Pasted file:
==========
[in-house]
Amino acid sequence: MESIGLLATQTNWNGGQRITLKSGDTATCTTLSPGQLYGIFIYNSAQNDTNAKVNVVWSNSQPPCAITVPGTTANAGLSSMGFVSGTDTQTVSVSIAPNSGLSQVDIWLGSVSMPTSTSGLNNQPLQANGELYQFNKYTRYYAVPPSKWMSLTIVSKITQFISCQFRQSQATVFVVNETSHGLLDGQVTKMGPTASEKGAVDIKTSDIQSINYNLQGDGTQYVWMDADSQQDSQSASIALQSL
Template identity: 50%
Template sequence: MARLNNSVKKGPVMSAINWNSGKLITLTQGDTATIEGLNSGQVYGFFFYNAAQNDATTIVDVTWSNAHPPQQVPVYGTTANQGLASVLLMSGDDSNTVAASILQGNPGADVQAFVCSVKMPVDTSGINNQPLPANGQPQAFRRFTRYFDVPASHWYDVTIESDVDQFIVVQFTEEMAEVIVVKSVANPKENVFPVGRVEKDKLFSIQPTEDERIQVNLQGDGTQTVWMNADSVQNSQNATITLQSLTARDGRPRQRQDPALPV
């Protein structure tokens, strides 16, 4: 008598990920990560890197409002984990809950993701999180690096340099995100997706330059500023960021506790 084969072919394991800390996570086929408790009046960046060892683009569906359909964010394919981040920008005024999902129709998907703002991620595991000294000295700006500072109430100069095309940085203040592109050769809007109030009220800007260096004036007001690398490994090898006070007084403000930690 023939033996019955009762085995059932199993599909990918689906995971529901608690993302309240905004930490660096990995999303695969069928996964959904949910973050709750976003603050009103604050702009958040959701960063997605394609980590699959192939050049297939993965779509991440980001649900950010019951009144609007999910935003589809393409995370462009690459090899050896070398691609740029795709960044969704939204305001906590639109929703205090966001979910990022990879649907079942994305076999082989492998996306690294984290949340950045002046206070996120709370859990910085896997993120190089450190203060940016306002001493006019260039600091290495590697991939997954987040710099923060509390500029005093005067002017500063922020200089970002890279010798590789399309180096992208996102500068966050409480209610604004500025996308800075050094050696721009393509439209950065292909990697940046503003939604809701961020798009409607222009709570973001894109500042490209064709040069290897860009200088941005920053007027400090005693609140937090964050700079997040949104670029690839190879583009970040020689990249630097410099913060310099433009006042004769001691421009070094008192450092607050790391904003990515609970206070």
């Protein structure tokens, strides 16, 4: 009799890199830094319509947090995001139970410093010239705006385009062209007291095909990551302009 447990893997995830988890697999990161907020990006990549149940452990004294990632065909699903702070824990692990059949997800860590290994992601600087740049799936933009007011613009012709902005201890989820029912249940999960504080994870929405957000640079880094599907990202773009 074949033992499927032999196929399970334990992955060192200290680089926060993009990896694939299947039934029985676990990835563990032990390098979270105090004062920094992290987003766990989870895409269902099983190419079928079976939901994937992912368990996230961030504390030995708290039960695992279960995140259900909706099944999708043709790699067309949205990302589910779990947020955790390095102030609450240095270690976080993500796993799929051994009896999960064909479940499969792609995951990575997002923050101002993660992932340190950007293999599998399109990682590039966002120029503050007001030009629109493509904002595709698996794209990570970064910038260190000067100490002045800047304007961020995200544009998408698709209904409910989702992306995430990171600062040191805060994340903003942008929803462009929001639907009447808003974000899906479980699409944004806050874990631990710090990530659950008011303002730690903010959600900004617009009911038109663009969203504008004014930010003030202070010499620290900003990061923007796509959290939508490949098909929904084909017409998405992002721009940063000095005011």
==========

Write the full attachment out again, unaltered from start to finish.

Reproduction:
[in-house]
Amino acid sequence: MESIGLLATQTNWNGGQRITLKSGDTATCTTLSPGQLYGIFIYNSAQNDTNAKVNVVWSNSQPPCAITVPGTTANAGLSSMGFVSGTDTQTVSVSIAPNSGLSQVDIWLGSVSMPTSTSGLNNQPLQANGELYQFNKYTRYYAVPPSKWMSLTIVSKITQFISCQFRQSQATVFVVNETSHGLLDGQVTKMGPTASEKGAVDIKTSDIQSINYNLQGDGTQYVWMDADSQQDSQSASIALQSL
Template identity: 50%
Template sequence: MARLNNSVKKGPVMSAINWNSGKLITLTQGDTATIEGLNSGQVYGFFFYNAAQNDATTIVDVTWSNAHPPQQVPVYGTTANQGLASVLLMSGDDSNTVAASILQGNPGADVQAFVCSVKMPVDTSGINNQPLPANGQPQAFRRFTRYFDVPASHWYDVTIESDVDQFIVVQFTEEMAEVIVVKSVANPKENVFPVGRVEKDKLFSIQPTEDERIQVNLQGDGTQTVWMNADSVQNSQNATITLQSLTARDGRPRQRQDPALPV
């Protein structure tokens, strides 16, 4: 008598990920990560890197409002984990809950993701999180690096340099995100997706330059500023960021506790 084969072919394991800390996570086929408790009046960046060892683009569906359909964010394919981040920008005024999902129709998907703002991620595991000294000295700006500072109430100069095309940085203040592109050769809007109030009220800007260096004036007001690398490994090898006070007084403000930690 023939033996019955009762085995059932199993599909990918689906995971529901608690993302309240905004930490660096990995999303695969069928996964959904949910973050709750976003603050009103604050702009958040959701960063997605394609980590699959192939050049297939993965779509991440980001649900950010019951009144609007999910935003589809393409995370462009690459090899050896070398691609740029795709960044969704939204305001906590639109929703205090966001979910990022990879649907079942994305076999082989492998996306690294984290949340950045002046206070996120709370859990910085896997993120190089450190203060940016306002001493006019260039600091290495590697991939997954987040710099923060509390500029005093005067002017500063922020200089970002890279010798590789399309180096992208996102500068966050409480209610604004500025996308800075050094050696721009393509439209950065292909990697940046503003939604809701961020798009409607222009709570973001894109500042490209064709040069290897860009200088941005920053007027400090005693609140937090964050700079997040949104670029690839190879583009970040020689990249630097410099913060310099433009006042004769001691421009070094008192450092607050790391904003990515609970206070």
């Protein structure tokens, strides 16, 4: 009799890199830094319509947090995001139970410093010239705006385009062209007291095909990551302009 447990893997995830988890697999990161907020990006990549149940452990004294990632065909699903702070824990692990059949997800860590290994992601600087740049799936933009007011613009012709902005201890989820029912249940999960504080994870929405957000640079880094599907990202773009 074949033992499927032999196929399970334990992955060192200290680089926060993009990896694939299947039934029985676990990835563990032990390098979270105090004062920094992290987003766990989870895409269902099983190419079928079976939901994937992912368990996230961030504390030995708290039960695992279960995140259900909706099944999708043709790699067309949205990302589910779990947020955790390095102030609450240095270690976080993500796993799929051994009896999960064909479940499969792609995951990575997002923050101002993660992932340190950007293999599998399109990682590039966002120029503050007001030009629109493509904002595709698996794209990570970064910038260190000067100490002045800047304007961020995200544009998408698709209904409910989702992306995430990171600062040191805060994340903003942008929803462009929001639907009447808003974000899906479980699409944004806050874990631990710090990530659950008011303002730690903010959600900004617009009911038109663009969203504008004014930010003030202070010499620290900003990061923007796509959290939508490949098909929904084909017409998405992002721009940063000095005011």